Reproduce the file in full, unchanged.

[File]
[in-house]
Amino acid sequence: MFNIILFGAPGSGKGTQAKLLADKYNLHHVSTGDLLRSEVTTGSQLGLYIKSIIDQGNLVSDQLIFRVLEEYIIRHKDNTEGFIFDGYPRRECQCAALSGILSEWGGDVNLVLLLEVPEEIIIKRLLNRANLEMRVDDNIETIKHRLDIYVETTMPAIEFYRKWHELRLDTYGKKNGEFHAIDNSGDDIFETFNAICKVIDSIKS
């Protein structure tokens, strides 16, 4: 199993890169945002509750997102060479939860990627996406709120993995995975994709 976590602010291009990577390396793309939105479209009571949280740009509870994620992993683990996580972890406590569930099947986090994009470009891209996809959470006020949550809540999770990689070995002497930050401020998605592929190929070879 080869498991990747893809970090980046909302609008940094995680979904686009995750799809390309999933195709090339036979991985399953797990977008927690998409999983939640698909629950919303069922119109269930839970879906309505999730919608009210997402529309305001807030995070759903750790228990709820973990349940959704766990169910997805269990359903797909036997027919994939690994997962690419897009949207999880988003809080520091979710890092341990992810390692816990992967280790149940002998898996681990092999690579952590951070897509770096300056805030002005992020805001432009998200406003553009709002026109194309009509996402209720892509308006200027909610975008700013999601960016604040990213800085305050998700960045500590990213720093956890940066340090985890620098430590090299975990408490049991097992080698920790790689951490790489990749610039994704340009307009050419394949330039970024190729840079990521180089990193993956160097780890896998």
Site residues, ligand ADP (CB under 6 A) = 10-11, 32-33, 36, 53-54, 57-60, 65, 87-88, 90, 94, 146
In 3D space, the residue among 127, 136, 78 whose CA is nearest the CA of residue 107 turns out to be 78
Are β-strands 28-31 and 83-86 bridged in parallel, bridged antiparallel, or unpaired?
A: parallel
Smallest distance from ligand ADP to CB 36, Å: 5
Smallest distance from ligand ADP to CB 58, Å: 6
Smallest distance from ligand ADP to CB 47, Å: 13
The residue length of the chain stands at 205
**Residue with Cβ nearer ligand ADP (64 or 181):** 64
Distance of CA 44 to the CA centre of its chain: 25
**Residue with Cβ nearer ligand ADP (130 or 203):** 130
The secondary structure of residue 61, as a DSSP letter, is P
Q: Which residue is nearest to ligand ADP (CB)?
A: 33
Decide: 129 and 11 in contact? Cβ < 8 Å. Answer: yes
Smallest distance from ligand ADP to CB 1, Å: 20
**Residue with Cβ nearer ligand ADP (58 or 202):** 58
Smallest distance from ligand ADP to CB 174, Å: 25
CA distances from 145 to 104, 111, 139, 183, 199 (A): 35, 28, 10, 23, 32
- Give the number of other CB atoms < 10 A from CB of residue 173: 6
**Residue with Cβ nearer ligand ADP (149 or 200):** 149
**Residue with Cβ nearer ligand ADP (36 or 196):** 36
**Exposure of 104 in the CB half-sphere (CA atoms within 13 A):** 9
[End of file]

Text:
[in-house]
Amino acid sequence: MFNIILFGAPGSGKGTQAKLLADKYNLHHVSTGDLLRSEVTTGSQLGLYIKSIIDQGNLVSDQLIFRVLEEYIIRHKDNTEGFIFDGYPRRECQCAALSGILSEWGGDVNLVLLLEVPEEIIIKRLLNRANLEMRVDDNIETIKHRLDIYVETTMPAIEFYRKWHELRLDTYGKKNGEFHAIDNSGDDIFETFNAICKVIDSIKS
């Protein structure tokens, strides 16, 4: 199993890169945002509750997102060479939860990627996406709120993995995975994709 976590602010291009990577390396793309939105479209009571949280740009509870994620992993683990996580972890406590569930099947986090994009470009891209996809959470006020949550809540999770990689070995002497930050401020998605592929190929070879 080869498991990747893809970090980046909302609008940094995680979904686009995750799809390309999933195709090339036979991985399953797990977008927690998409999983939640698909629950919303069922119109269930839970879906309505999730919608009210997402529309305001807030995070759903750790228990709820973990349940959704766990169910997805269990359903797909036997027919994939690994997962690419897009949207999880988003809080520091979710890092341990992810390692816990992967280790149940002998898996681990092999690579952590951070897509770096300056805030002005992020805001432009998200406003553009709002026109194309009509996402209720892509308006200027909610975008700013999601960016604040990213800085305050998700960045500590990213720093956890940066340090985890620098430590090299975990408490049991097992080698920790790689951490790489990749610039994704340009307009050419394949330039970024190729840079990521180089990193993956160097780890896998």
Site residues, ligand ADP (CB under 6 A) = 10-11, 32-33, 36, 53-54, 57-60, 65, 87-88, 90, 94, 146
In 3D space, the residue among 127, 136, 78 whose CA is nearest the CA of residue 107 turns out to be 78
Are β-strands 28-31 and 83-86 bridged in parallel, bridged antiparallel, or unpaired?
A: parallel
Smallest distance from ligand ADP to CB 36, Å: 5
Smallest distance from ligand ADP to CB 58, Å: 6
Smallest distance from ligand ADP to CB 47, Å: 13
The residue length of the chain stands at 205
**Residue with Cβ nearer ligand ADP (64 or 181):** 64
Distance of CA 44 to the CA centre of its chain: 25
**Residue with Cβ nearer ligand ADP (130 or 203):** 130
The secondary structure of residue 61, as a DSSP letter, is P
Q: Which residue is nearest to ligand ADP (CB)?
A: 33
Decide: 129 and 11 in contact? Cβ < 8 Å. Answer: yes
Smallest distance from ligand ADP to CB 1, Å: 20
**Residue with Cβ nearer ligand ADP (58 or 202):** 58
Smallest distance from ligand ADP to CB 174, Å: 25
CA distances from 145 to 104, 111, 139, 183, 199 (A): 35, 28, 10, 23, 32
- Give the number of other CB atoms < 10 A from CB of residue 173: 6
**Residue with Cβ nearer ligand ADP (149 or 200):** 149
**Residue with Cβ nearer ligand ADP (36 or 196):** 36
**Exposure of 104 in the CB half-sphere (CA atoms within 13 A):** 9